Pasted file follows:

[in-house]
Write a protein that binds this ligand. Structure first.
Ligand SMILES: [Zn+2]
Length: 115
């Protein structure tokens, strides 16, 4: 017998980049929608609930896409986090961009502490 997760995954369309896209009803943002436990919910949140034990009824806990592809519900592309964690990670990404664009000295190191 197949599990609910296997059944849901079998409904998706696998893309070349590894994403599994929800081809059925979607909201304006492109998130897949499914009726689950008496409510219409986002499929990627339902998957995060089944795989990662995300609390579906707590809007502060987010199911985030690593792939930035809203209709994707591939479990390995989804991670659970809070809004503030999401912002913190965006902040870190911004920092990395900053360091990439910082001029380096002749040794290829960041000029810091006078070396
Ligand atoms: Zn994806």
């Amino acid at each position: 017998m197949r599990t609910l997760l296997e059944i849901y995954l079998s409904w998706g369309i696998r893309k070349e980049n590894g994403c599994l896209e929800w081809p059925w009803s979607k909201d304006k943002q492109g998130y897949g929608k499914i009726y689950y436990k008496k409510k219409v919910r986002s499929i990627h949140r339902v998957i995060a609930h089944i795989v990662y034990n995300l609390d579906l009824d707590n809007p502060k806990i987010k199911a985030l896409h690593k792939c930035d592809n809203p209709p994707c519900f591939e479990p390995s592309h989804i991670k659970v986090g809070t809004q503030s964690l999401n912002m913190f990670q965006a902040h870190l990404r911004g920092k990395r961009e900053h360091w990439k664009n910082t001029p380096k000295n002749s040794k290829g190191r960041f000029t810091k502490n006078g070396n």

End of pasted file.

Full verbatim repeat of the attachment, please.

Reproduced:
[in-house]
Write a protein that binds this ligand. Structure first.
Ligand SMILES: [Zn+2]
Length: 115
């Protein structure tokens, strides 16, 4: 017998980049929608609930896409986090961009502490 997760995954369309896209009803943002436990919910949140034990009824806990592809519900592309964690990670990404664009000295190191 197949599990609910296997059944849901079998409904998706696998893309070349590894994403599994929800081809059925979607909201304006492109998130897949499914009726689950008496409510219409986002499929990627339902998957995060089944795989990662995300609390579906707590809007502060987010199911985030690593792939930035809203209709994707591939479990390995989804991670659970809070809004503030999401912002913190965006902040870190911004920092990395900053360091990439910082001029380096002749040794290829960041000029810091006078070396
Ligand atoms: Zn994806």
């Amino acid at each position: 017998m197949r599990t609910l997760l296997e059944i849901y995954l079998s409904w998706g369309i696998r893309k070349e980049n590894g994403c599994l896209e929800w081809p059925w009803s979607k909201d304006k943002q492109g998130y897949g929608k499914i009726y689950y436990k008496k409510k219409v919910r986002s499929i990627h949140r339902v998957i995060a609930h089944i795989v990662y034990n995300l609390d579906l009824d707590n809007p502060k806990i987010k199911a985030l896409h690593k792939c930035d592809n809203p209709p994707c519900f591939e479990p390995s592309h989804i991670k659970v986090g809070t809004q503030s964690l999401n912002m913190f990670q965006a902040h870190l990404r911004g920092k990395r961009e900053h360091w990439k664009n910082t001029p380096k000295n002749s040794k290829g190191r960041f000029t810091k502490n006078g070396n």